532. Boni judicis est ampliare jurisdictionem. (L.) Law Max. It is a judge's duty, when necessary, to amplify the limits of his jurisdiction. Lord Mansfield suggested that justitiam should be read for jurisdictionem; the principle of English law being to "amplify its remedies, and, without usurping jurisdiction, to apply its rules to the advancement of substantial justice." Cf. Bonus judex secundum æquum et bonum judicat, et æquitatem stricto juri præfert. It is the duty of a judge to base his decisions upon what is right and just, and to prefer equity to a too rigid interpretation of the


533. Boni pastoris est tondere pecus, non deglubere. (L.) Suet. Tib. 32, fin. It is the duty of a good shepherd to shear his sheep, not to flay them. Attributed to Tiberius à propos of excessive taxation.

534. Bonis avibus. (L.) Ov. F. 1, 513.-Under good auspices. 535. Bonis quod benefit haud perit. (L.) Plaut. Rud. 4, 3, 2.-Acts of kindness shown to good men are never thrown away.

536. Bonne bouche. (Fr.)-A nice morsel. A tit-bit, reserved as a gratification for the last mouthful.

537. Bonne renommée vaut mieux que ceinture dorée. (Fr.) Prov.-A good name is better than a girdle of gold.

538. Bono ingenio me esse auctam quam auro multo mavolo: Aurum in fortuna invenitur, natura ingenium bonum. Bonam ego quam beatam me esse nimio dici mavolo. (L.) Plaut. Poen. 1, 2, 90.-I had much rather be endowed with a good disposition than with gold. Gold is found by chance, a good disposition is the gift of nature. I had much rather be called good than fortunate.

539. Bonum est, pauxillum amare sane, insane non bonum est. (L.) Plaut. Curc. 1, 3, 20.-It is good to be moderately and wisely in love; to be madly in love is not good.

540. Bonum magis carendo quam fruendo cernitur. (L.) Prov. We value a blessing more when we are without it, than when we are enjoying it. Cf. Shakesp. Much Ado About Nothing, 4, 1, 220:

"That which we have, we prize not to the worth;

But being lacked and lost-why then we rate its value."

541. Bonum summum quo tendimus omnes. (L.) Lucret. 6, 26.-That sovereign good, at which we all aim. Summum bonum is used to express the end and object of existence, and = the Téλos and rò ȧyalóv, chief good (Arist. Eth. N. 1, 2, 1: Plat. Rep. 506 B), of philosophy.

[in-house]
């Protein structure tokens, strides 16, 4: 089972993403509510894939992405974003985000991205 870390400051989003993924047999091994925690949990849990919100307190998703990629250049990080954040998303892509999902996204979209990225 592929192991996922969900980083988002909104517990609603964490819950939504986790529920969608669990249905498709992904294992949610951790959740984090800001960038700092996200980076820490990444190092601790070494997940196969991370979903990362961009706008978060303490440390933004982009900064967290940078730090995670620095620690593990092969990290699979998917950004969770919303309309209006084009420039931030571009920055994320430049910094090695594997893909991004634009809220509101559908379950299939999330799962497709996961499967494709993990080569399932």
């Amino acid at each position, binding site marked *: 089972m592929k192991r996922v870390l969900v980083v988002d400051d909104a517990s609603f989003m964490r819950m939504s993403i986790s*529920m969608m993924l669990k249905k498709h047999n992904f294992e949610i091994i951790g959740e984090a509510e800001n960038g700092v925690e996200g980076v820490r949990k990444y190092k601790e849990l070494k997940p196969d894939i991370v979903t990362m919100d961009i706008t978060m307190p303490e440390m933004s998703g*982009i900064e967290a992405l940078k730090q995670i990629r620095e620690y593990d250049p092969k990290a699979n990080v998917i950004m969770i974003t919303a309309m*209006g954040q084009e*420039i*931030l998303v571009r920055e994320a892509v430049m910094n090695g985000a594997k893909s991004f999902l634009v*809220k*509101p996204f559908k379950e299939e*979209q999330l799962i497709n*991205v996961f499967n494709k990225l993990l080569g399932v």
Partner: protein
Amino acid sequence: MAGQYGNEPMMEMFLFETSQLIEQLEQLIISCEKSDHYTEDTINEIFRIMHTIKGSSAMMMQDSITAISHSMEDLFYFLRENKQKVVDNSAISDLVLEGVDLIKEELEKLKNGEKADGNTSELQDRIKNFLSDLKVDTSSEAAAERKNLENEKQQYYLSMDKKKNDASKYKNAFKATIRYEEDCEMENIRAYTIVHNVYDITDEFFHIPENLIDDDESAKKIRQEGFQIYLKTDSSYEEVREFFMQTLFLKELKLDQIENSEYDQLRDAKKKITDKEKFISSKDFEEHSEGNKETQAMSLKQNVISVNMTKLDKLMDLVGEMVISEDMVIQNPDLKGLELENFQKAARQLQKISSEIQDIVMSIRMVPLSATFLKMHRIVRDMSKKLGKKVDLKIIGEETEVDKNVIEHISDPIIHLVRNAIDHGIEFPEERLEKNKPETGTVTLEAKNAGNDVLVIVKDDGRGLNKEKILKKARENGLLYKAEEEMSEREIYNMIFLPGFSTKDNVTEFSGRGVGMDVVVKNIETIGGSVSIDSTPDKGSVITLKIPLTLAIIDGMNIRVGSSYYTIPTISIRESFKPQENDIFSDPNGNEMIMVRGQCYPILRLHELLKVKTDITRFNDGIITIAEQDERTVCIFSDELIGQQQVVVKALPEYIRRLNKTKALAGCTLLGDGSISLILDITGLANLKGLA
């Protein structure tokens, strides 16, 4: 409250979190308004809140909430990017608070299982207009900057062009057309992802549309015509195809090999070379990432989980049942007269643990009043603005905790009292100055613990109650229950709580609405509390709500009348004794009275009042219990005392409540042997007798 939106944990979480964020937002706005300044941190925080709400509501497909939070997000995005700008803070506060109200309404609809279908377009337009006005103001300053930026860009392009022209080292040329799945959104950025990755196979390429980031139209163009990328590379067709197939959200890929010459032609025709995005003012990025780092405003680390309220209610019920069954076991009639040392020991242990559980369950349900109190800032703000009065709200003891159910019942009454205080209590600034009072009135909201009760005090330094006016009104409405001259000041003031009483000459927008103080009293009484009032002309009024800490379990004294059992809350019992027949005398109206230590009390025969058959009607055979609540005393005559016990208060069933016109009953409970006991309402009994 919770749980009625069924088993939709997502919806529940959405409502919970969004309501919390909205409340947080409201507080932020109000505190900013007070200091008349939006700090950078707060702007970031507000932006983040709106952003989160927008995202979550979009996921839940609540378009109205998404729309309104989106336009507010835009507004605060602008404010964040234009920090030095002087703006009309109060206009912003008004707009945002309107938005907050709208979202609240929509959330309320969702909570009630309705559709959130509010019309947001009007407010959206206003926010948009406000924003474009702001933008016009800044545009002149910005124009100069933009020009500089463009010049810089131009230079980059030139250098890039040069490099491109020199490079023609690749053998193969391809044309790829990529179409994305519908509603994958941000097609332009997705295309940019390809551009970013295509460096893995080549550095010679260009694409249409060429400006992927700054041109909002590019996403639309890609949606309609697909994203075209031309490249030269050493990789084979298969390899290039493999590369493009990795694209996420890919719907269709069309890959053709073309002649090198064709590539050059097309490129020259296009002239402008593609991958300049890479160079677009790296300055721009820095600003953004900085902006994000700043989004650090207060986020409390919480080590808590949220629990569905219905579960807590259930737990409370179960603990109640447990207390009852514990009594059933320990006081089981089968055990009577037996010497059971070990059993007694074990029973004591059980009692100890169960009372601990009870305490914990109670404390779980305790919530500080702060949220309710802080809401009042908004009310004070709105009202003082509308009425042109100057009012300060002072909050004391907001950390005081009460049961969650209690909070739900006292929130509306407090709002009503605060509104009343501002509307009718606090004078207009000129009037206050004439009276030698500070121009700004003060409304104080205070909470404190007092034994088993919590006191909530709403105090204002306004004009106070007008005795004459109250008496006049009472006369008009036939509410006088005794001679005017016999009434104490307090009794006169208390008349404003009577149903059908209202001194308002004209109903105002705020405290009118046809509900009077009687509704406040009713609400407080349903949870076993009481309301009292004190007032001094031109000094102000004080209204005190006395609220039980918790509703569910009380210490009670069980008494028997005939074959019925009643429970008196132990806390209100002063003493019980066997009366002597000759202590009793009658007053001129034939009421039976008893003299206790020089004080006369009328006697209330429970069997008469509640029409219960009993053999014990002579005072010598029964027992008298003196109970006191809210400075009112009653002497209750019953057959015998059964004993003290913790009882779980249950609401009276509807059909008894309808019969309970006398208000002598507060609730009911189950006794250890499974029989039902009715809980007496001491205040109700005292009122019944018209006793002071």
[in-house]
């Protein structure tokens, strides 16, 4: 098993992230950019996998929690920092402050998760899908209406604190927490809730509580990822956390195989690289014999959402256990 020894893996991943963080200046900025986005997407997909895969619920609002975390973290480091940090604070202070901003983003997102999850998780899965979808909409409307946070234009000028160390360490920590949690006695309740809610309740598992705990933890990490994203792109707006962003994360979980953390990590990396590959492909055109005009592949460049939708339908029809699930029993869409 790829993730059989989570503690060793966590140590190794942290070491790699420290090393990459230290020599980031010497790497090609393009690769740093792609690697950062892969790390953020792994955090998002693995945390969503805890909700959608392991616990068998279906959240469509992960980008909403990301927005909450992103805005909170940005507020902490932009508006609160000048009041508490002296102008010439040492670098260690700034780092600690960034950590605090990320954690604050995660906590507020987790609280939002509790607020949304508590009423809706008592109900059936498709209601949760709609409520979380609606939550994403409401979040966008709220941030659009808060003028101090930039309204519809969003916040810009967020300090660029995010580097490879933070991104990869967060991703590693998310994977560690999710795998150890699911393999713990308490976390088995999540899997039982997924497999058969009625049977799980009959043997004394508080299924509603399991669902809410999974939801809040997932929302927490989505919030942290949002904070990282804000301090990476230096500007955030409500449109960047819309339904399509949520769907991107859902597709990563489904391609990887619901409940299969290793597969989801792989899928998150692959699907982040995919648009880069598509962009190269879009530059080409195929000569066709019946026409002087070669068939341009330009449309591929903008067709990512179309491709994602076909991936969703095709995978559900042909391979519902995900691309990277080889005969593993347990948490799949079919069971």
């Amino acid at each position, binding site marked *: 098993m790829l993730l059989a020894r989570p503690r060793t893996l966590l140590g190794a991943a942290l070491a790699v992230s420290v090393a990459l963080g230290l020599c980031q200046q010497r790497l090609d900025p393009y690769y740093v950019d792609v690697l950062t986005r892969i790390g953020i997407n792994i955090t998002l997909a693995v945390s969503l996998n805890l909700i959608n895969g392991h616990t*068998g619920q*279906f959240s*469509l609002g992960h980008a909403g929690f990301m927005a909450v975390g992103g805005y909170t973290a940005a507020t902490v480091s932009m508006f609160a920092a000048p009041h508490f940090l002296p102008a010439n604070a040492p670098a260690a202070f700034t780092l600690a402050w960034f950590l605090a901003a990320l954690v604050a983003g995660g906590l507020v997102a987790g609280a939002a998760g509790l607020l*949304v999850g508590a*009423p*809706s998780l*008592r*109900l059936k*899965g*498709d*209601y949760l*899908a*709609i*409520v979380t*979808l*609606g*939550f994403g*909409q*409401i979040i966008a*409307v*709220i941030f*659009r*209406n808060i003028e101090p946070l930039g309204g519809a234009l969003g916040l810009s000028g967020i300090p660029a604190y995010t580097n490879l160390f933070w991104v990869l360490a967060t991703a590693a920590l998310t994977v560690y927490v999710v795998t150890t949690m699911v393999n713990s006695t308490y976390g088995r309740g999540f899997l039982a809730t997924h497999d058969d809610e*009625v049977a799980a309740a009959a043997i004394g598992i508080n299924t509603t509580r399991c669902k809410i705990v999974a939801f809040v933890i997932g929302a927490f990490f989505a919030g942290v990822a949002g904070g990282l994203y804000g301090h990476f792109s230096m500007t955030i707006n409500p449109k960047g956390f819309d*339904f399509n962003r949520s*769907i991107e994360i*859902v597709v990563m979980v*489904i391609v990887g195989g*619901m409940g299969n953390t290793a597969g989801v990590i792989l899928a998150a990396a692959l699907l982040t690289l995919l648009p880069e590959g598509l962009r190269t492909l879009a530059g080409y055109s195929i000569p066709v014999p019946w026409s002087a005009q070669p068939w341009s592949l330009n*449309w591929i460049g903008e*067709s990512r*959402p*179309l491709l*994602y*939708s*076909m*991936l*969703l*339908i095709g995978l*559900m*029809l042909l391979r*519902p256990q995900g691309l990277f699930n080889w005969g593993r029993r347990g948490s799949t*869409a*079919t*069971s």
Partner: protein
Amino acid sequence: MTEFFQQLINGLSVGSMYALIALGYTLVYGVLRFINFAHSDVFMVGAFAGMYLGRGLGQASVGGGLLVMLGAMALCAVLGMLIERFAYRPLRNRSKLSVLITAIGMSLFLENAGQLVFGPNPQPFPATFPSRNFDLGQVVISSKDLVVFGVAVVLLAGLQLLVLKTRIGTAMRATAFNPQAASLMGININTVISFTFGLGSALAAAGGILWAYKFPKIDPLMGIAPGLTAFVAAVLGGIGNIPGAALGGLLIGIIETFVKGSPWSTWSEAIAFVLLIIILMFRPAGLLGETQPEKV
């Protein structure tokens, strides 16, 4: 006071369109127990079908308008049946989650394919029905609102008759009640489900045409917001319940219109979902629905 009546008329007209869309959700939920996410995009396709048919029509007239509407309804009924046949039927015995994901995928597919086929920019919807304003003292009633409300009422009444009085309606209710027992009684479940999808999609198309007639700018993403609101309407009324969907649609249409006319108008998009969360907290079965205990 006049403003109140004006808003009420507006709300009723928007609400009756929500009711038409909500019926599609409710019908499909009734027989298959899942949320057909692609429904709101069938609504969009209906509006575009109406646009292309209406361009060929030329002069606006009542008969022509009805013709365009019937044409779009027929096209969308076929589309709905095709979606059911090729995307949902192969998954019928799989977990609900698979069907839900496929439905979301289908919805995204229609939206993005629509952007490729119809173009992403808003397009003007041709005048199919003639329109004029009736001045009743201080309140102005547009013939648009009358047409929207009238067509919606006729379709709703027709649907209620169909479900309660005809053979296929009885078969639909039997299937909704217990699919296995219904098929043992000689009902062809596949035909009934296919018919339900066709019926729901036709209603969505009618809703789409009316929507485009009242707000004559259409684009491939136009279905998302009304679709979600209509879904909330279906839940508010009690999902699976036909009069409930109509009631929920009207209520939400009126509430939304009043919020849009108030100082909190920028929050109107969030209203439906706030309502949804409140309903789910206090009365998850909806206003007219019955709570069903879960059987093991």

542. Bonus animus in mala re dimidium est mali. (L.) Plaut. Ps. 1, 5, 37.-Courage in a bad business is half the battle. 543. Bonus atque fidus

Judex honestum prætulit utili. (L.) Hor. C. 4, 9, 41. -A good and faithful judge prefers what is honourable to what is expedient.

544. Borgen macht Sorgen. (G.)


Prov.-Borrowing makes

545. Borgen thut nur einmal wohl. (G.) Prov.-Borrowing does well for once only.

546. Böser Brunnen, da mann Wasser muss eintragen. (G.) Prov.-It is a bad well that you must bring water to. 547. Bos lassus fortius figit pedem. (L.) Prov.-The tired ox treads all the more firmly.

548. Boutez en avant.

of Barrymore.

(Fr.)-Push forward. Motto of Earl

549. Breve enim tempus ætatis satis est ad bene honesteque vivendum. (L.) Cic. Sen. 19, 70.-Even a short span of life is long enough for a virtuous and honourable


550. Brevis ipsa vita est, sed longior malis. (L.) Prov. Pub. Syr. Life is short indeed, but troubles are shorter. 551. Briller par son absence. (Fr.)—To be conspicuous by one's absence.

Tacitus (An. 3, 76), speaking of the funeral of Junia, wife of Cassius, says: "Sed præfulgebant Cassius atque Brutus, eo ipso quod effigies eorum non videbantur." (L.)-Brutus and Cassius, however, were all the more conspicuous on the occasion, from the fact of the busts of neither of them being seen in the procession. When the Jesuits succeeded in removing the names of Arnauld and Pascal from the Histoires des Hommes Illustres (Perrault), the phrase was in everybody's mouth.